First day of November
Up in the morning with a shiver of faint fears. Doesn't matter. Nothing matters. I'm prepared for the whole kaleidoscope of living, every strand of color, be it blood or blue veins in the clouds.
I accept the mistakes, too. They bind us to the network of alien faces and unresponsive eyes. I haven't really lost anyone who matters to me by coming to this strange country, this tiny village. I need my solitude to paint, and solitude has welcomed me. Though all the folks in the village know me by now. Or about me at least. Sometimes they go a few steps out of their way to say hello. Even just to look at me. A woman, alone and barely twenty-two, who's come to their unremarkable village -- which happens to be cheap to live in -- to do nothing but sketch and paint all day and write letters or read books at night. I wonder what they think.
Two days ago I met an old man in the street. He tottered, from early afternoon ale rather than age, and started rambling about his enemies and friends. I qualified as friend. Before he finally walked on, he shook both of my hands and said, "You're a lovely girl. Take good care of yourself."
In other words, don't get in trouble.
I wonder what he and the rest of them would think if they knew.
There's nothing to know, of course. That's right, nothing. Except that I'm here to gather colors and shapes to bring back home with me. Strange to think of home at a time like this. Night wind swishes cold around the edges of the house. My windows face west. I look to the dark west where all my friends are now. Names, faces, memories and whispers of the past. All vague. Loose ends. Becoming slacker.
So I lose myself in fantasies. Finding, for instance, a small child of my own. Some tiny angel I could be with without effort. Someone who would never leave me.
The fantasies expand. With a small fatherless daughter I might finally become the rebel and the outcast I was always meant to be. Scorned, celebrated, feared. Subject to all the attitudes they have toward someone they don't know what to do with.
I wonder whether anyone will ever understand my innocence.
Second day of November
Sweet Jesus, I'm afraid.
I'm not a star fallen from heaven. I'm just like everyone else. And now afraid. The mirror copies my face same as always. Why doesn't it crack? Yes, there were others before me. Then why am I so utterly alone?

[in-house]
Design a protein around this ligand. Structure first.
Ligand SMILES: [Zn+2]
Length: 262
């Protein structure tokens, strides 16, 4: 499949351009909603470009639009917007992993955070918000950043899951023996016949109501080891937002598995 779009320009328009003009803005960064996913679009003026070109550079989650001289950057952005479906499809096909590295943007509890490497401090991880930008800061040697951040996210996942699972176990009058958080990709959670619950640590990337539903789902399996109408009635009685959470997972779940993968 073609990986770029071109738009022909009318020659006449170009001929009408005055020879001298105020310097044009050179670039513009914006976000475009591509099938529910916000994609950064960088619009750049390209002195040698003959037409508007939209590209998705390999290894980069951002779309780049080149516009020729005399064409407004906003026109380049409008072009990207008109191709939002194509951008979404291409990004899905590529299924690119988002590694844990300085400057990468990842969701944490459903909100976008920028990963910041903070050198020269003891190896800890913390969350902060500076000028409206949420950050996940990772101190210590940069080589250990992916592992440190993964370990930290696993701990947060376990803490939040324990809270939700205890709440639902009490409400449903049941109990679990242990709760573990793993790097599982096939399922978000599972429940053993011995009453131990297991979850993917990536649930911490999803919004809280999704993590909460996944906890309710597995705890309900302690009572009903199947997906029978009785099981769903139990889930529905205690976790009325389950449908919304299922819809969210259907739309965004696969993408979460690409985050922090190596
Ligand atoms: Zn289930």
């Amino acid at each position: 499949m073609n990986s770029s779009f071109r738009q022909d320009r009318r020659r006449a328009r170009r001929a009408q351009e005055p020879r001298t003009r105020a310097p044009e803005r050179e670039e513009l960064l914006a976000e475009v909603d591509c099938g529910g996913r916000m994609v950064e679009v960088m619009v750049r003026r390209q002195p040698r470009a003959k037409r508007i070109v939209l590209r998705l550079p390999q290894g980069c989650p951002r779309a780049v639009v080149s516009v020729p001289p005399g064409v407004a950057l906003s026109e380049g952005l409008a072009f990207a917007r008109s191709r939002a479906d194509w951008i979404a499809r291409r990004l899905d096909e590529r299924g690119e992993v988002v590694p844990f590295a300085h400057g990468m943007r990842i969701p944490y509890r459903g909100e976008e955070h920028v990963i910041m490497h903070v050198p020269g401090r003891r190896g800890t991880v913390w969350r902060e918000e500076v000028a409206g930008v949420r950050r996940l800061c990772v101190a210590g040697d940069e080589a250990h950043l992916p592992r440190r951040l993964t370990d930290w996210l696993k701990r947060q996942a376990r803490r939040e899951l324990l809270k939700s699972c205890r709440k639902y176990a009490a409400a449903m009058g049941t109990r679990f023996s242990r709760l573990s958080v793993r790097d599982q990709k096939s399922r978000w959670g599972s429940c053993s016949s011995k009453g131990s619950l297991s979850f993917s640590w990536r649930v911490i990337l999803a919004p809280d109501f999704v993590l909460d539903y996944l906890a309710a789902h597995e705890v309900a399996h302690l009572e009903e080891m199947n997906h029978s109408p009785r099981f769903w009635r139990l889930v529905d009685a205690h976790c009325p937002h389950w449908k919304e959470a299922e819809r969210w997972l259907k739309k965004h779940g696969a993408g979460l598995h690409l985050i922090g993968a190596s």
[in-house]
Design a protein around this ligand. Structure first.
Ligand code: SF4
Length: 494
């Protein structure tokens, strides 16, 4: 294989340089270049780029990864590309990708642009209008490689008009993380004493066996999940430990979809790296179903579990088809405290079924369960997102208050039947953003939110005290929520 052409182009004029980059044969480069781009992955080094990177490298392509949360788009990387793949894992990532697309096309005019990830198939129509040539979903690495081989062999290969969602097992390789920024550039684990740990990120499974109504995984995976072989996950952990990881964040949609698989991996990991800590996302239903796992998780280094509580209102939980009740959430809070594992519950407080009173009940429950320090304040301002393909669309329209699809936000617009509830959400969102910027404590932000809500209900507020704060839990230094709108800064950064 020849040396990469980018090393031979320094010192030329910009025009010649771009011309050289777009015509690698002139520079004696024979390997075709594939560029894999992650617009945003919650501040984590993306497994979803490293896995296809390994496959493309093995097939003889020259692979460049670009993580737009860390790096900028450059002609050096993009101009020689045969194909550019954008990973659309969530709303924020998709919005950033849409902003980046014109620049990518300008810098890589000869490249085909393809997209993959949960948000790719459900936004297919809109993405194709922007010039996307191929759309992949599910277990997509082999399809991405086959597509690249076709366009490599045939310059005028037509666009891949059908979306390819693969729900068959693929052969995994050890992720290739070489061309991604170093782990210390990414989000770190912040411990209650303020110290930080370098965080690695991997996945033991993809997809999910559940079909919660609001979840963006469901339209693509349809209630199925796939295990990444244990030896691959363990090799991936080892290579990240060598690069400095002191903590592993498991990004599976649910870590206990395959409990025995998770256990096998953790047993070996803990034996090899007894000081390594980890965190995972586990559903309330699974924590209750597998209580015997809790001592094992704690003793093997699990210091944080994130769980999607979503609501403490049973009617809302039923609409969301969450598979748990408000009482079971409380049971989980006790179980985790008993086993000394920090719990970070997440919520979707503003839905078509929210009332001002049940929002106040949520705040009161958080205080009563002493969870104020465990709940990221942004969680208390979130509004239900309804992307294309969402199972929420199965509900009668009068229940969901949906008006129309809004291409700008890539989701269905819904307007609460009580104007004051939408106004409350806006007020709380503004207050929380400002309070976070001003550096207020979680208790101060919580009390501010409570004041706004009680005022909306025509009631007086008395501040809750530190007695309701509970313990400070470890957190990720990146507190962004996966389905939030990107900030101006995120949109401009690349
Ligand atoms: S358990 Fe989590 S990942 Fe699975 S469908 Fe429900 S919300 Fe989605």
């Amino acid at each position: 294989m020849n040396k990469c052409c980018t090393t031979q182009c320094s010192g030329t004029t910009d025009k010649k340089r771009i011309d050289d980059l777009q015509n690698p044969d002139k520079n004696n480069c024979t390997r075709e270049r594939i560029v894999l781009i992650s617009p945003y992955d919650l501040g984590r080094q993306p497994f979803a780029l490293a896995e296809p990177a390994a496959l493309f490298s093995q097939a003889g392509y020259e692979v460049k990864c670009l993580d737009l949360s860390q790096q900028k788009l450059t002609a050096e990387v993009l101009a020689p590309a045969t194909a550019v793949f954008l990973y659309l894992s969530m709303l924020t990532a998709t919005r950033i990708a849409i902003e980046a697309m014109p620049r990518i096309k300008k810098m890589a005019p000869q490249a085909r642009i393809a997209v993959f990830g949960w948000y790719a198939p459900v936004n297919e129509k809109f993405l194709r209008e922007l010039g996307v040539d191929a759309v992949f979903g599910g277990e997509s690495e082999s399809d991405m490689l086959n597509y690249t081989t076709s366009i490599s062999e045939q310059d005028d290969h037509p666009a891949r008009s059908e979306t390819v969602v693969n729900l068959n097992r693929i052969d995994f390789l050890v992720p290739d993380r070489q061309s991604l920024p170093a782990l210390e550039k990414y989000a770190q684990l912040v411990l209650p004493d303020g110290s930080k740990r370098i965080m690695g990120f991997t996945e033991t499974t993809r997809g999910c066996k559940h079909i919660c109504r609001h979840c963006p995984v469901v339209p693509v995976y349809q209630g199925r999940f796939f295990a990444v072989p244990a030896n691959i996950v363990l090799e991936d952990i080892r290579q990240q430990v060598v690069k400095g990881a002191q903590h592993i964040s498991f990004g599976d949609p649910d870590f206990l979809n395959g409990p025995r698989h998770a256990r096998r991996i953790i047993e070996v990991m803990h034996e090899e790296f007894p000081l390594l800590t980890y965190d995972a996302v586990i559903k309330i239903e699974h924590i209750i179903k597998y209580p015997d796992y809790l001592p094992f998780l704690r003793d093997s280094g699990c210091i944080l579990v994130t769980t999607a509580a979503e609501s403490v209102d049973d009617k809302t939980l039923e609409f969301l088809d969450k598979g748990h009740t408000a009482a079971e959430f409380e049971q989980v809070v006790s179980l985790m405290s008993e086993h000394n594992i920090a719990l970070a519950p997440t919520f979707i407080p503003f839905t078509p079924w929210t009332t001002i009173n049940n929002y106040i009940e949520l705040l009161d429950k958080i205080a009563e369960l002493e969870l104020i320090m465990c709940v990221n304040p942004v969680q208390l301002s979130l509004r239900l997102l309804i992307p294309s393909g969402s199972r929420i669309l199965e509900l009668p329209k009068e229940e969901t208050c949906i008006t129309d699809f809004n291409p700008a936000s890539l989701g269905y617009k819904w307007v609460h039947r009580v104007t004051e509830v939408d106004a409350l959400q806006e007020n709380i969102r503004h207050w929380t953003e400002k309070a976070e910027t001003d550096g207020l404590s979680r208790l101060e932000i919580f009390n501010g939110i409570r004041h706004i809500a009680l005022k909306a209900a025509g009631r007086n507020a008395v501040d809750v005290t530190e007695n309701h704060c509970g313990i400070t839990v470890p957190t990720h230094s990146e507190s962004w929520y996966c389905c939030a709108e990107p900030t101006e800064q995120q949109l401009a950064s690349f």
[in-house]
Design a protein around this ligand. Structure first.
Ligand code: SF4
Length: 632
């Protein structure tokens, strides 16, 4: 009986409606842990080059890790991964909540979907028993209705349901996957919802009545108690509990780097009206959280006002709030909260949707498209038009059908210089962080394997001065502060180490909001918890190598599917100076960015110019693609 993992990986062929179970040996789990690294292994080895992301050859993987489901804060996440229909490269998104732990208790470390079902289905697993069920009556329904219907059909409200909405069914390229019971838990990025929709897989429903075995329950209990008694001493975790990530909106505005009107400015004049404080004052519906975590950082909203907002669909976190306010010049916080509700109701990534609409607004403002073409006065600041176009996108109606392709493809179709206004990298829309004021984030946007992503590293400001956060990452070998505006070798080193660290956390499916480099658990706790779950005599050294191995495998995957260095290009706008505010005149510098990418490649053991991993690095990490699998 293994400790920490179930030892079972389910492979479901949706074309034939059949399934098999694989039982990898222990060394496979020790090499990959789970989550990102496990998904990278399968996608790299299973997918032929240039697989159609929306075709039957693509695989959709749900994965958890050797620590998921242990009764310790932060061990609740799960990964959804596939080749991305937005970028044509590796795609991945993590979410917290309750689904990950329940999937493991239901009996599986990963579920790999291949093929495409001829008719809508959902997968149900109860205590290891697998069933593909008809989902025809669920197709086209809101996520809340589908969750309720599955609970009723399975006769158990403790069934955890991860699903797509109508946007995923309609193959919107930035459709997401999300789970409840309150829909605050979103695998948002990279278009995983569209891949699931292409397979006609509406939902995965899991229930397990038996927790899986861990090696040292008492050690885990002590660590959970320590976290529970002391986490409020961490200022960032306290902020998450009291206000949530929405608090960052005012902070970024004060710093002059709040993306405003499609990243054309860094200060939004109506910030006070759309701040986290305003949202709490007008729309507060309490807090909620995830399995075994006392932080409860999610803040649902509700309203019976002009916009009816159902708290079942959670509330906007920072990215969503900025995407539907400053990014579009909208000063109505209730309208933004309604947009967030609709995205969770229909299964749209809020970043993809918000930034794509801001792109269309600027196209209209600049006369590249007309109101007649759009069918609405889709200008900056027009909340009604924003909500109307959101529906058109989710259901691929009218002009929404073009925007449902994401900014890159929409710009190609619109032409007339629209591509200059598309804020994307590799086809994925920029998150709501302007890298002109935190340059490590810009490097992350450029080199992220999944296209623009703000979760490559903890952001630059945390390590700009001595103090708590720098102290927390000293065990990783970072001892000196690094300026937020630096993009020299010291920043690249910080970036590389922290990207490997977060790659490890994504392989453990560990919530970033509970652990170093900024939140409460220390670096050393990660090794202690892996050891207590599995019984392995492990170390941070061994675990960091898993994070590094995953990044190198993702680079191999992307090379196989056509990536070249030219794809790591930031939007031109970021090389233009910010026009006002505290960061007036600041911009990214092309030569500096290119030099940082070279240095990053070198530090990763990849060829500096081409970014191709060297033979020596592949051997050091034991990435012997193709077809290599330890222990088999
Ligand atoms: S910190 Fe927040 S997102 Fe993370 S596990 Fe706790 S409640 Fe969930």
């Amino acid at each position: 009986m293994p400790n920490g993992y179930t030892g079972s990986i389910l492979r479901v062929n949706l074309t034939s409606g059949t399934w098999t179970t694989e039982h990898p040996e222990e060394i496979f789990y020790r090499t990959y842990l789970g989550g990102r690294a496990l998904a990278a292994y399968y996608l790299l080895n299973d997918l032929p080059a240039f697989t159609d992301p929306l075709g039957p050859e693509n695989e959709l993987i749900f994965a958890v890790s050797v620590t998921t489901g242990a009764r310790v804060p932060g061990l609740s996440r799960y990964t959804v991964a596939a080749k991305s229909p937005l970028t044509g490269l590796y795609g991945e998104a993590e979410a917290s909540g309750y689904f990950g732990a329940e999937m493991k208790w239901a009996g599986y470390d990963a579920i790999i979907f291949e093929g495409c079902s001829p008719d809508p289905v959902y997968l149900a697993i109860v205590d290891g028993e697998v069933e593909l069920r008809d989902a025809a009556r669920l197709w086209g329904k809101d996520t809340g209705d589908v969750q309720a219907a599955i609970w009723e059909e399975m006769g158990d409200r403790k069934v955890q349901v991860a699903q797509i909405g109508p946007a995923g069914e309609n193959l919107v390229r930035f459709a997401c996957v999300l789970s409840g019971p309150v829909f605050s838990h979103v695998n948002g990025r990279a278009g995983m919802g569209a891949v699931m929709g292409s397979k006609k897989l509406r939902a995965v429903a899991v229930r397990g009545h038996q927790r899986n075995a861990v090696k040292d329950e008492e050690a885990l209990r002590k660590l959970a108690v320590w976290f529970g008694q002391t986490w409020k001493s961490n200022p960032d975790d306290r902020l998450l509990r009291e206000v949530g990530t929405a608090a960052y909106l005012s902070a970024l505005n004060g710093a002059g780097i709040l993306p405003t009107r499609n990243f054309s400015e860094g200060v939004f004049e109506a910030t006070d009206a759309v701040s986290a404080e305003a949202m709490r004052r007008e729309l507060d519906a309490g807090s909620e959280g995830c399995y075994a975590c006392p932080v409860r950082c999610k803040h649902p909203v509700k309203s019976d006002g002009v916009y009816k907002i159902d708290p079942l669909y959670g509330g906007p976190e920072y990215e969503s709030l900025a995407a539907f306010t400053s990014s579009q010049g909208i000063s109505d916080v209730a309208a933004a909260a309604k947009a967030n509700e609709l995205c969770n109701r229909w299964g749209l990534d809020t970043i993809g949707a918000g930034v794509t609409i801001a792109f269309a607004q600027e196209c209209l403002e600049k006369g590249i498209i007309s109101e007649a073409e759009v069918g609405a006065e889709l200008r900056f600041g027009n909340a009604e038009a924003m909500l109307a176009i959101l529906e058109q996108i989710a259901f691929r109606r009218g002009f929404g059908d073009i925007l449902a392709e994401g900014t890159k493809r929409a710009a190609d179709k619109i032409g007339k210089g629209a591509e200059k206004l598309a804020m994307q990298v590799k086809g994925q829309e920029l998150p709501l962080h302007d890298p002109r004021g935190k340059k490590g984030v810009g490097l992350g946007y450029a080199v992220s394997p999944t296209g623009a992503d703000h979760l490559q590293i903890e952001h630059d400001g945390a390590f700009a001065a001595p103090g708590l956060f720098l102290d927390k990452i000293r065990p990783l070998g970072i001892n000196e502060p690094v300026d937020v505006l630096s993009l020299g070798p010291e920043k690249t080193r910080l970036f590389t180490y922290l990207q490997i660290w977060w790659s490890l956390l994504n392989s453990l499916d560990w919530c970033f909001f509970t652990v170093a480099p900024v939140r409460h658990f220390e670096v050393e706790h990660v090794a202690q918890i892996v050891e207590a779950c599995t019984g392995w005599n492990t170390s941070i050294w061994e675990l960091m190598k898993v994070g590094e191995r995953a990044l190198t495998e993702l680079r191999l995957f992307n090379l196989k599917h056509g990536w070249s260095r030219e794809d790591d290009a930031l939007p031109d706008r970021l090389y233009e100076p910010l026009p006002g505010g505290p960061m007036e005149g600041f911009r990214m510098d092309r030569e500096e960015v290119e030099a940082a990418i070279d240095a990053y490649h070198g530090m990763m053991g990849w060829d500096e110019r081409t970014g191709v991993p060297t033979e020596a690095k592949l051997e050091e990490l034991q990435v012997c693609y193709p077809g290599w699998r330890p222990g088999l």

Can't paint today. I take the easel out to the shore by the fuchsia shrubs. The sky is the most amazing deep green. Yes, green. I curse it. Like a child that hates a beautiful toy it doesn't know how to play with. Like a child who knows that even the ugliest words can always only thinly hide the unbearable weeping inside.
Like a child. Oh, child, must you already intrude into the pompous conceits of my mind? Must you teach me already how much you are there, and how low I have fallen?
Can words be as bitter as the knowledge I have? Let me try.
Seven weeks ago James flirted with me across the table at a dance. Six weeks ago he came to take me out for a drink. We had seven apiece. That is, I had seven. He may have had more. He drove me home and stopped by the road. He said he was a virgin. I laughed. And then he ploughed through my body with all the vehemence of wounded pride. Three weeks ago I missed my period. Two weeks ago we met once more. I meant to talk to him about my fears. Instead we parted quickly, after saying nothing, and with mutual contempt.
I scrubbed myself for hours. Bought vinegar for douching. I imagined it burning my delicate skin. I stretched, I knelt, I squeezed my belly with my fists. How could a soul choose to take root in a small body so uninviting?
Instead of talking to James, I drove him away. Could he smell the fear on me with the sure instinct of a guilty party who already hears potential allegations in the timid silences of the accuser?
Third day of November
Tonight I sit in the deep chair by the fire, reading. From time to time I look into its light. Blue flames, red flames, and smoke. When I stand up, there is a leap in my stomach, a carnival ride feeling. I nearly pass out. I hold on to the back of the chair and stare in the mirror. Am I truly pregnant then? No answer of course, except the gray lines of my fear staring back.
Could be the smoke from the fireplace that makes me faint like this. The sweetness of turf burning. I wish I had something strong to drink. I'm trying to listen to the inside of my body. Can't hear a thing.
I won't put new turf on the fire, though the bucket is still nearly full. Better to watch the fire than to watch myself, though, even as I let the fire die. Tiny flames dart through the black of the hearth, like devil's eyes. I seek forgiveness where there is none.
It's all right, it's all right. Spit at me then, if you must.
Fourth day of November
I walk the seven miles to town today. Got to have something to read. Mrs. O'Neil doesn't have anything except the Bible and a four hundred page Stephen King paperback with a lurid cover. Drops of blood slashing through vague shapes of black and white.